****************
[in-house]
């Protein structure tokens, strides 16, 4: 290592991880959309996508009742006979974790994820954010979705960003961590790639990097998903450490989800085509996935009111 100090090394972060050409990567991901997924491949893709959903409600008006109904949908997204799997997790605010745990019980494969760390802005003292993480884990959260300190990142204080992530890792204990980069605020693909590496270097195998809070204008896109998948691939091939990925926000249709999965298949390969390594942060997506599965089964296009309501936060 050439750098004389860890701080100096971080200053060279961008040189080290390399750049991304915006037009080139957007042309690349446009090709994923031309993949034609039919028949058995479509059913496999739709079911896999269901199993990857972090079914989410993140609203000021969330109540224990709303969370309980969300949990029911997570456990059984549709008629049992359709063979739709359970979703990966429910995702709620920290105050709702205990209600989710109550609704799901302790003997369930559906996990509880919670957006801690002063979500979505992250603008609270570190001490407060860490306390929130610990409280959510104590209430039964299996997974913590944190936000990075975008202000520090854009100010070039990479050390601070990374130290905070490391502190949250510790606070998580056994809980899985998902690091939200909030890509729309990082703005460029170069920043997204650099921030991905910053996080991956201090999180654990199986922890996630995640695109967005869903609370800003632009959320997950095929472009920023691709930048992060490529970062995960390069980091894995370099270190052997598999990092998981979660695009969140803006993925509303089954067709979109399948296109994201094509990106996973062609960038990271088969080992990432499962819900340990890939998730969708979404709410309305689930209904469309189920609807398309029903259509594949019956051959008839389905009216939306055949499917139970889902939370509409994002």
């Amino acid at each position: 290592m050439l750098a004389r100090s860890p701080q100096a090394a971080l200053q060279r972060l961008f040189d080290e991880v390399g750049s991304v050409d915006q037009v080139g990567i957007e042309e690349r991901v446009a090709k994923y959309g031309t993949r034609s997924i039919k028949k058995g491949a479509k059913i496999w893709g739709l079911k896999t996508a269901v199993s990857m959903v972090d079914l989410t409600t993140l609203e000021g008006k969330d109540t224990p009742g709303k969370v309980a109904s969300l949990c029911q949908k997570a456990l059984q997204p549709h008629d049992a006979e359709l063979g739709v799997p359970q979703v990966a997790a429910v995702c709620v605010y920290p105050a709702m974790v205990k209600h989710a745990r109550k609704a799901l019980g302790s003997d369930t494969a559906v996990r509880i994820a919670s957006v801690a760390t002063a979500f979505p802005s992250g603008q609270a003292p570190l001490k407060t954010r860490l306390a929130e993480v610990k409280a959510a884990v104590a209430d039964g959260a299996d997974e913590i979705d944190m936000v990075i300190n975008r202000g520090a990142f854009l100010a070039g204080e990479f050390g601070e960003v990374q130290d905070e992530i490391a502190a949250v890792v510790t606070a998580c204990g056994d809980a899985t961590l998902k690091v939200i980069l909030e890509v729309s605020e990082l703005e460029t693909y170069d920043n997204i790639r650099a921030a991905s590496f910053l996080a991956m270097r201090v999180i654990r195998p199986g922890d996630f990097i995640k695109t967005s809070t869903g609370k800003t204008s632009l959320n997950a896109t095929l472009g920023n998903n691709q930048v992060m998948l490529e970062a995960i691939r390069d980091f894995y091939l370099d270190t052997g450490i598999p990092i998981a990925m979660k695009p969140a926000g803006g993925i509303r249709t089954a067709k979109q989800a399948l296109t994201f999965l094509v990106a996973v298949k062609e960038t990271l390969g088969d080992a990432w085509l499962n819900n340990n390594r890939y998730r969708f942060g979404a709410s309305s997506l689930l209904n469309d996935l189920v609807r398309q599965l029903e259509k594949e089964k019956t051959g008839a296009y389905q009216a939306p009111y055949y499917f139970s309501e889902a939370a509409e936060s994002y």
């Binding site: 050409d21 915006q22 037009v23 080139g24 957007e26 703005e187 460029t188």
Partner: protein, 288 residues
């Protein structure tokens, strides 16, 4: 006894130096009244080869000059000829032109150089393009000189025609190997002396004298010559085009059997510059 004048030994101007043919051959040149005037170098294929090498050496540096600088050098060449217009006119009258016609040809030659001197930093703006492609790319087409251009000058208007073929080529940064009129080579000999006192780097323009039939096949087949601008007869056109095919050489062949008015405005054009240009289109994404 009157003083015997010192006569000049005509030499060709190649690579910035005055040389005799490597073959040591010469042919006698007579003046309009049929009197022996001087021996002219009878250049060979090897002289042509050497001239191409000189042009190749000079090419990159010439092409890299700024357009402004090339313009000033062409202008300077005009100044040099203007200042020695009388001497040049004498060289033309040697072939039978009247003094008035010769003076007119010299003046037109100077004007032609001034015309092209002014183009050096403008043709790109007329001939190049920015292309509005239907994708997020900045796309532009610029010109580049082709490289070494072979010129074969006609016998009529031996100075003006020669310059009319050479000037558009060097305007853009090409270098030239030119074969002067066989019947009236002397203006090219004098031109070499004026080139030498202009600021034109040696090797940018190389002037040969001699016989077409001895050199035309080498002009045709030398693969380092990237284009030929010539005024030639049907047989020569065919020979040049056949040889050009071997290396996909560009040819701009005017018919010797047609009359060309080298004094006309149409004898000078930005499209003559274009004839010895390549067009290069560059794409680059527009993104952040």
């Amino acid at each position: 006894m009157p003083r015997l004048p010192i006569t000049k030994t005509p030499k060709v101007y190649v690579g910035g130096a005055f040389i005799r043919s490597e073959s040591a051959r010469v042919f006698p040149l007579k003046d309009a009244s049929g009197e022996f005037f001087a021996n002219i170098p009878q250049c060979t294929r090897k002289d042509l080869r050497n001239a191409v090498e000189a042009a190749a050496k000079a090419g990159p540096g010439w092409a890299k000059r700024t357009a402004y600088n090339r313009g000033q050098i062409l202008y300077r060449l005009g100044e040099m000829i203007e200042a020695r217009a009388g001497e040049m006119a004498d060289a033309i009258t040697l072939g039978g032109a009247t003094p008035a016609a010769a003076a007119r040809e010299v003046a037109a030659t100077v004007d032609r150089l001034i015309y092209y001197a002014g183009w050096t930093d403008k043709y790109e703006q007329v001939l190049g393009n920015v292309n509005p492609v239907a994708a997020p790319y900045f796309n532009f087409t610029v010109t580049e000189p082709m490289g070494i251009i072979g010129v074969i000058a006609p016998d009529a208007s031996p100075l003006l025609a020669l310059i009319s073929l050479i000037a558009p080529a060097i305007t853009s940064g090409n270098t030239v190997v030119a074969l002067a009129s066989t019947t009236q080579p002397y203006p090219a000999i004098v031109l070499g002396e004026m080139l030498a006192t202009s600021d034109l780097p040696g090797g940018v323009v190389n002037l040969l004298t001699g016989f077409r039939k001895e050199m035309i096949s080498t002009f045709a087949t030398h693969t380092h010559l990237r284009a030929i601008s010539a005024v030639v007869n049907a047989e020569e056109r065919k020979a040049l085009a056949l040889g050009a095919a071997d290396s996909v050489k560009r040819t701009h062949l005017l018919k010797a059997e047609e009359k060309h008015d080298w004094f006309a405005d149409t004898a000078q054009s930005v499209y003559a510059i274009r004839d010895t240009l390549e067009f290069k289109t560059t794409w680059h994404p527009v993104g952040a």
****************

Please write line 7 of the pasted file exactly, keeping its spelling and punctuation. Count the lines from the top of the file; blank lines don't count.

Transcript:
């Amino acid at each position: 006894m009157p003083r015997l004048p010192i006569t000049k030994t005509p030499k060709v101007y190649v690579g910035g130096a005055f040389i005799r043919s490597e073959s040591a051959r010469v042919f006698p040149l007579k003046d309009a009244s049929g009197e022996f005037f001087a021996n002219i170098p009878q250049c060979t294929r090897k002289d042509l080869r050497n001239a191409v090498e000189a042009a190749a050496k000079a090419g990159p540096g010439w092409a890299k000059r700024t357009a402004y600088n090339r313009g000033q050098i062409l202008y300077r060449l005009g100044e040099m000829i203007e200042a020695r217009a009388g001497e040049m006119a004498d060289a033309i009258t040697l072939g039978g032109a009247t003094p008035a016609a010769a003076a007119r040809e010299v003046a037109a030659t100077v004007d032609r150089l001034i015309y092209y001197a002014g183009w050096t930093d403008k043709y790109e703006q007329v001939l190049g393009n920015v292309n509005p492609v239907a994708a997020p790319y900045f796309n532009f087409t610029v010109t580049e000189p082709m490289g070494i251009i072979g010129v074969i000058a006609p016998d009529a208007s031996p100075l003006l025609a020669l310059i009319s073929l050479i000037a558009p080529a060097i305007t853009s940064g090409n270098t030239v190997v030119a074969l002067a009129s066989t019947t009236q080579p002397y203006p090219a000999i004098v031109l070499g002396e004026m080139l030498a006192t202009s600021d034109l780097p040696g090797g940018v323009v190389n002037l040969l004298t001699g016989f077409r039939k001895e050199m035309i096949s080498t002009f045709a087949t030398h693969t380092h010559l990237r284009a030929i601008s010539a005024v030639v007869n049907a047989e020569e056109r065919k020979a040049l085009a056949l040889g050009a095919a071997d290396s996909v050489k560009r040819t701009h062949l005017l018919k010797a059997e047609e009359k060309h008015d080298w004094f006309a405005d149409t004898a000078q054009s930005v499209y003559a510059i274009r004839d010895t240009l390549e067009f290069k289109t560059t794409w680059h994404p527009v993104g952040a």